As an educator, I used to teach the elements of writing: plot, chactacter, setting, theme, irony, style, and point of view. Recently I've been trying to decide which is most important to me as a reader. It's a useless exercise, since they obviously must blend and blend well to make an appealing book. But preference for a single element must explain the differences we experience as readers. Why do I fail to finish a book that a friend of mine claims is her favorite ever? Why do masses of people buy books with obvious weaknesses in one element or another?
We must have a preference inside us somewhere for a particular strong point that requires the author to deliver on that element even if she fails in some other area. I think mine is plot. I can't say it's always been true, but right now in my life I want something well-constructed and different from the thousands of others out there. Yes, I love a good character, but he'd better not be immersed in a situation no self-respecting character would tolerate.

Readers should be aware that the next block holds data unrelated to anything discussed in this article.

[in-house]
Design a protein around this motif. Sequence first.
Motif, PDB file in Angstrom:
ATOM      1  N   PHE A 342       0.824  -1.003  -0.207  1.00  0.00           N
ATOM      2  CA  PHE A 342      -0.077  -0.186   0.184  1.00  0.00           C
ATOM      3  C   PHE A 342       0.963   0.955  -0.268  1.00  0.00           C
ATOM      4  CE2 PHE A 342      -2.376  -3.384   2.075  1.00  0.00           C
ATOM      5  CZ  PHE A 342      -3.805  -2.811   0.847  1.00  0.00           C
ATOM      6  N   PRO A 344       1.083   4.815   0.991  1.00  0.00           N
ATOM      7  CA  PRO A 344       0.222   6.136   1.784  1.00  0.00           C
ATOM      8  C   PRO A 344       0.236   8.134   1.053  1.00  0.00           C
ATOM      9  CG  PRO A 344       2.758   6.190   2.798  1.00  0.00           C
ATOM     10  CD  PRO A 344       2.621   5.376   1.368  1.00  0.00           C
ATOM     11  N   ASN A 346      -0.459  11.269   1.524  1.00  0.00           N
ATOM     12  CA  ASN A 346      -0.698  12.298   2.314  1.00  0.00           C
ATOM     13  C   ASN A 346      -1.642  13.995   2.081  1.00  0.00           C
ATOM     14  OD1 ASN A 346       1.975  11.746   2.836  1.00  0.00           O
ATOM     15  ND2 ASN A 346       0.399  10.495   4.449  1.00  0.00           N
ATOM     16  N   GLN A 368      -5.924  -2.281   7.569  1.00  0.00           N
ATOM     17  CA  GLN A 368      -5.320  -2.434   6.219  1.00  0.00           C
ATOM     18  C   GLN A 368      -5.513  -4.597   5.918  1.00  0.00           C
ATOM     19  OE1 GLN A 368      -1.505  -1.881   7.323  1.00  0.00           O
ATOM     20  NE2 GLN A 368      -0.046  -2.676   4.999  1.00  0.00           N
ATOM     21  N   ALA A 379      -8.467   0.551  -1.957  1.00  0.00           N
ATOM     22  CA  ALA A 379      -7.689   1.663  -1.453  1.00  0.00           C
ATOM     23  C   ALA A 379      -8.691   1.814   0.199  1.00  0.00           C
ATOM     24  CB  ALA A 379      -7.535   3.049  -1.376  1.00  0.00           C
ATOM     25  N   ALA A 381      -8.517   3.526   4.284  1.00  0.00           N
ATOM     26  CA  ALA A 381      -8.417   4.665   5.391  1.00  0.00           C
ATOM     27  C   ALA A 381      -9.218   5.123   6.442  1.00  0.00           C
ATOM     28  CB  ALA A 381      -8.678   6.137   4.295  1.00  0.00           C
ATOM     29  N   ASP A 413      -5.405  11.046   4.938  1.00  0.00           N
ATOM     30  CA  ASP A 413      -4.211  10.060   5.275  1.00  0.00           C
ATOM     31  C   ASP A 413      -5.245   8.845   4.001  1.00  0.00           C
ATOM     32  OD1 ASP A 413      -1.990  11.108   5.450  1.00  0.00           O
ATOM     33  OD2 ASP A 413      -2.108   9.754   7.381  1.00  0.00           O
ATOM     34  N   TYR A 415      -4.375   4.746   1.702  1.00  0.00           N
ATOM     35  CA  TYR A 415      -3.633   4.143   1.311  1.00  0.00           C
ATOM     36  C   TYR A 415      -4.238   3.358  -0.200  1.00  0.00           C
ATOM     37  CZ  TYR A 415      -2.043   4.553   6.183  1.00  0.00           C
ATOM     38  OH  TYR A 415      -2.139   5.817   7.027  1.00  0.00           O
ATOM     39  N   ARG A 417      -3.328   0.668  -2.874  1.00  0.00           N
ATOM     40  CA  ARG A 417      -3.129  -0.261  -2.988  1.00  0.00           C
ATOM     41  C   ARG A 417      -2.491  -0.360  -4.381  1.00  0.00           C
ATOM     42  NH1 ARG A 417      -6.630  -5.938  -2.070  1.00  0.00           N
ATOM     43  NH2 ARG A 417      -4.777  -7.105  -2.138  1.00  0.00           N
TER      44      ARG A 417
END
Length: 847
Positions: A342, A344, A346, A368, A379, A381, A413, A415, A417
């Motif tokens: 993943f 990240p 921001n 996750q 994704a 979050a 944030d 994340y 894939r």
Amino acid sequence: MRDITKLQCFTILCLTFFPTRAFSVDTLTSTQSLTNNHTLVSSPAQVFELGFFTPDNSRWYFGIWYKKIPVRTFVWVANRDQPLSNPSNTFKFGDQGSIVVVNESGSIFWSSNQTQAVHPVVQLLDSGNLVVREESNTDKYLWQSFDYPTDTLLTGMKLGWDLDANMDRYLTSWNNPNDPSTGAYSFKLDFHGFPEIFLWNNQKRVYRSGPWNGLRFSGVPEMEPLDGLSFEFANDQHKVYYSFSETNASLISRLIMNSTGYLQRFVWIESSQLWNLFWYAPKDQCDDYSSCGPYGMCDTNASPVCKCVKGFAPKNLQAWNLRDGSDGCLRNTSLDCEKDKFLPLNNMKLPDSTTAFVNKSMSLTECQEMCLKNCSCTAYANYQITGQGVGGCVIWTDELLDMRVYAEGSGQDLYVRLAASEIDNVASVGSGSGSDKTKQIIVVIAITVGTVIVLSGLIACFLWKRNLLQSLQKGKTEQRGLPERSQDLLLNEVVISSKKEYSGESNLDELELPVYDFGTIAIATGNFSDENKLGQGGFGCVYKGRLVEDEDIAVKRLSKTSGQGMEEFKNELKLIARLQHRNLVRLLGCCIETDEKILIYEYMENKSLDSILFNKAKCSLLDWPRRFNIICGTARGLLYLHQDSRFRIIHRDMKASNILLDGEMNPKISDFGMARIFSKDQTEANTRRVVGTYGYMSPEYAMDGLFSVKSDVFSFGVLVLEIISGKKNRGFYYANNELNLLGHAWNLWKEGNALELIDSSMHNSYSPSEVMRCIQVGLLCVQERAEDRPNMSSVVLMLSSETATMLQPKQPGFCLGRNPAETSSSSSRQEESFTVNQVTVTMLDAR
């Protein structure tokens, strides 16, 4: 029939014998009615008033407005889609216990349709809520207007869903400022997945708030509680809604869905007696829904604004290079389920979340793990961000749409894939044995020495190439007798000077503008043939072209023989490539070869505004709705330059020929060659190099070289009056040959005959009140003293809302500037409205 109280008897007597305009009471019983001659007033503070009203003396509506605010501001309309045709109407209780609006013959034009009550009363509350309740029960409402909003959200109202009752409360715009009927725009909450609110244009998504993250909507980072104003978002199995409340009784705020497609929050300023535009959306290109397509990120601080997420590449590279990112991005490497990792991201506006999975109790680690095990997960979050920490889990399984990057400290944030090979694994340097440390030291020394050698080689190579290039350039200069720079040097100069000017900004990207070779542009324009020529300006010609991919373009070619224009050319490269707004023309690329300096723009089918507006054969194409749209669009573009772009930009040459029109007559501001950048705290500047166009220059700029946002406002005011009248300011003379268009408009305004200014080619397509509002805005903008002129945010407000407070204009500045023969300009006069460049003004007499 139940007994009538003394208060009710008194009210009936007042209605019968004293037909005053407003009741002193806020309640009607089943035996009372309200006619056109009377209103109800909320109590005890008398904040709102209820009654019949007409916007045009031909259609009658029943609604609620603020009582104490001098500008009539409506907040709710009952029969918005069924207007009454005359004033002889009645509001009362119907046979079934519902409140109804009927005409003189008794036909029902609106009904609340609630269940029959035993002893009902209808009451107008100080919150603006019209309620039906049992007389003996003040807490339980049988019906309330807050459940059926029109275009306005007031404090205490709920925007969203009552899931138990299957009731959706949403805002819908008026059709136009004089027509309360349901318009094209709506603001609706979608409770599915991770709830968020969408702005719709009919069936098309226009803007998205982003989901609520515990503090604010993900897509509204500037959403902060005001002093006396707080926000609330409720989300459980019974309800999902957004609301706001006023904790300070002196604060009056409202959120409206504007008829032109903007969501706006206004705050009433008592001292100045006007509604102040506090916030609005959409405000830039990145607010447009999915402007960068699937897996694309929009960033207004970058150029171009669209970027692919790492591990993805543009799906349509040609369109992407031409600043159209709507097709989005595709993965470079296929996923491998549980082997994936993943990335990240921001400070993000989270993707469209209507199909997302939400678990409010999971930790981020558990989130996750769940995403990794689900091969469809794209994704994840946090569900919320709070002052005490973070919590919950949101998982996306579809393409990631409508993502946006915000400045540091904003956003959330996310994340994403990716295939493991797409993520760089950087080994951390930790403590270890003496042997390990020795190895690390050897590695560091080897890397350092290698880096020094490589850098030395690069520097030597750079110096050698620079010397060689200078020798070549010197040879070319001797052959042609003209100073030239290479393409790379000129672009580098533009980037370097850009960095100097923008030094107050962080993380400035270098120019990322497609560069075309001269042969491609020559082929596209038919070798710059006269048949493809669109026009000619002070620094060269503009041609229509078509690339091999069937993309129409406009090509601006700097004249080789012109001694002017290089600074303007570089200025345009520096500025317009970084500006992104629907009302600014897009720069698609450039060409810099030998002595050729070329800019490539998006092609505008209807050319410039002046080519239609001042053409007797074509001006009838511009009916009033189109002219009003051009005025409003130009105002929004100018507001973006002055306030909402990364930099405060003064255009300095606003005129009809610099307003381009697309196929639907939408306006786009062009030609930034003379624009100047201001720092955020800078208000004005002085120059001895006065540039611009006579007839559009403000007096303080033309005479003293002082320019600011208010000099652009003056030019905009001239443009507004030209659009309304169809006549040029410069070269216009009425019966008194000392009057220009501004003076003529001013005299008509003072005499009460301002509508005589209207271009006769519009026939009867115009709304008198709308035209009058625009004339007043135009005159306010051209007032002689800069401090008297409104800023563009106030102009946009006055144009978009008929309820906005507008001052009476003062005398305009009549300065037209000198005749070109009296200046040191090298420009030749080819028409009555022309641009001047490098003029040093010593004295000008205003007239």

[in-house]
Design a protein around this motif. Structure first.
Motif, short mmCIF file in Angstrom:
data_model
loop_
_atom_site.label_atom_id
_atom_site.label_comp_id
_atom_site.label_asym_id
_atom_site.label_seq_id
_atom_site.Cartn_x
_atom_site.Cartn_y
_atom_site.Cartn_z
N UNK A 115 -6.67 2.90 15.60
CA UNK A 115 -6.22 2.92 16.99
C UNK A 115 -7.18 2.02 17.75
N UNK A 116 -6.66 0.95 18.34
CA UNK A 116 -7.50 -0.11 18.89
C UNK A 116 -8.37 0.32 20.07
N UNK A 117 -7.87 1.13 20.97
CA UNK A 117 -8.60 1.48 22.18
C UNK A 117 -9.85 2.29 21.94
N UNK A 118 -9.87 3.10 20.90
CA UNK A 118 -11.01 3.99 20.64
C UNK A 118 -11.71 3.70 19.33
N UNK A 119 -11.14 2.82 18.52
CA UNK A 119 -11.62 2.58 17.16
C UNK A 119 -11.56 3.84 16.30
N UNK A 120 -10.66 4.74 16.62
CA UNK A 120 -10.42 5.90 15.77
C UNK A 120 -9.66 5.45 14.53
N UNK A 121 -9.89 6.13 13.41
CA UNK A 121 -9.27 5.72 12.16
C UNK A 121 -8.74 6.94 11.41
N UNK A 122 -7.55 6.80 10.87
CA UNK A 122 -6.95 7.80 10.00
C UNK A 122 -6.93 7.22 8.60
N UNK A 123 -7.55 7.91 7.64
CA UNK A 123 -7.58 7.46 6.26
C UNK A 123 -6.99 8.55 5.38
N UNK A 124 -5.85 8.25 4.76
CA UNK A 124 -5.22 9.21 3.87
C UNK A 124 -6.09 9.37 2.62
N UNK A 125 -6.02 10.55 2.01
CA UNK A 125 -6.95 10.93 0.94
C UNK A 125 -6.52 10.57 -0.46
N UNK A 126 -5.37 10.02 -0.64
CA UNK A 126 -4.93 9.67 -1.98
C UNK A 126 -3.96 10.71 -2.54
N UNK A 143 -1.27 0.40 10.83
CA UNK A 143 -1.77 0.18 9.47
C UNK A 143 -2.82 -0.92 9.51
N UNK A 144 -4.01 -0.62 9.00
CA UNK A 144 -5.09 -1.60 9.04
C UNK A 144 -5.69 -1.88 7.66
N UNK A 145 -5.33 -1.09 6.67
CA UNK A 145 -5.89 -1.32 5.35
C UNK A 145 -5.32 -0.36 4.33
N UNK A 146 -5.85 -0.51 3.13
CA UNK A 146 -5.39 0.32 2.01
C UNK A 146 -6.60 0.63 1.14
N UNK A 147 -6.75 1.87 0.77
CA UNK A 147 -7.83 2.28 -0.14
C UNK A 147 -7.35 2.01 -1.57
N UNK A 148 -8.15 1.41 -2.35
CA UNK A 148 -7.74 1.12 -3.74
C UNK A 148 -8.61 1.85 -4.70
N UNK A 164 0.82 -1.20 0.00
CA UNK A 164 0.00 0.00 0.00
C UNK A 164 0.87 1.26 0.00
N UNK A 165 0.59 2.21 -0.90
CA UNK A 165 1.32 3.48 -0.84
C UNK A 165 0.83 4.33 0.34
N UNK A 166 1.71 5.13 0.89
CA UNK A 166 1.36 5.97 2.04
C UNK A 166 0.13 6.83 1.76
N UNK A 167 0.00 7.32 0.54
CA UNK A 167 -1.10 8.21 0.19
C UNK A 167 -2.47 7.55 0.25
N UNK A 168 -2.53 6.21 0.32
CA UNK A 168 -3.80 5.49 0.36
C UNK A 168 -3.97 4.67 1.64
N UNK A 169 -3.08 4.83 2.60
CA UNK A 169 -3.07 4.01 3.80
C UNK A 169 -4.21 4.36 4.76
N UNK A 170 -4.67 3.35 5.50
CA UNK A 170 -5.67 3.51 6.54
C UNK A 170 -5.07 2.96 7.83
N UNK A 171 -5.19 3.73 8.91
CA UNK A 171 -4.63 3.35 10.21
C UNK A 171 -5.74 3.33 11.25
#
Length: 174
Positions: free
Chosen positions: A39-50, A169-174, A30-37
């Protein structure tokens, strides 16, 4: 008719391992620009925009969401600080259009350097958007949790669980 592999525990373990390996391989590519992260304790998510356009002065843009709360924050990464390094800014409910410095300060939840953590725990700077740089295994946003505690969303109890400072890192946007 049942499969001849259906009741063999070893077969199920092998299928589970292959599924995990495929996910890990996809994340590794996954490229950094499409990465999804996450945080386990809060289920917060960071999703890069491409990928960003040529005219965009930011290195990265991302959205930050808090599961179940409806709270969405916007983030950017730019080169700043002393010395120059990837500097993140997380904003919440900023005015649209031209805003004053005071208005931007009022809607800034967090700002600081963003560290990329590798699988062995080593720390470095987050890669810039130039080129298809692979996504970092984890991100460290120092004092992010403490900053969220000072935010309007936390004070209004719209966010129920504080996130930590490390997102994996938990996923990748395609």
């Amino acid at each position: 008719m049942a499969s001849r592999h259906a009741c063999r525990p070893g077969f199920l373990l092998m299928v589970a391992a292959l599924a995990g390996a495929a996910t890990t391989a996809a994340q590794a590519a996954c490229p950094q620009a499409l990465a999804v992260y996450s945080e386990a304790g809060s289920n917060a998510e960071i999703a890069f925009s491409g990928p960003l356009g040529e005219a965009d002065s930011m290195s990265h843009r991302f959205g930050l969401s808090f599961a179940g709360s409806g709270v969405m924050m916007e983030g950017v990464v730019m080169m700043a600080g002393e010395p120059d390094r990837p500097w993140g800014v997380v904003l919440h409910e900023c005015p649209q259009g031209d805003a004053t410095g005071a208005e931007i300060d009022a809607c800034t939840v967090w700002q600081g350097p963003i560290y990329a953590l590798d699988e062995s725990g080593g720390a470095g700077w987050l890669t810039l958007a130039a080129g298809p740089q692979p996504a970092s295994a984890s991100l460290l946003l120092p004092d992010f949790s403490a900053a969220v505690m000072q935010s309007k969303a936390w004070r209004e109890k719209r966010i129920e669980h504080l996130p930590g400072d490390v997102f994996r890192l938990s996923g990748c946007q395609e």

I'm sure there were times when theme was all important in my reading. Wanting to know what others thought about life was a reason to choose a particular book. I still appreciate thematic excellence but don't generally choose based on that. A well-described setting also adds to enjoyment, but I've seldom chosen a book simply because of that. It's serendipitous that I've learned so much about other places while reading books for other reasons. Irony is greatly appreciated; I love being surprised. Since I've been reading for fifty years and in that time also watched countless movies, I don't count on being surprised very often. There are only so many twists that work in a plot. After that it's just silliness. Style is of course important, but I can adjust to an odd writing style if the story draws me in, and point of view makes little difference to me unless the viewpoint is a character I absolutely hate. A weakness in any of those areas: a character who's a bit flat, a generic setting, a convoluted irony or a run-of-the-mill writing style can be balanced, at least for me, by a plot that works.
So what is the key element in a book? Like the teacher's guide says, "Answers will vary." I find that at this stage in my life, I can forgive a lot if the plot holds my interest and holds together. I don't care if it involves vampires or swashbucklers, takes place in India or Indiana, is told by Will Shakespeare or an idiot. I just want a good story.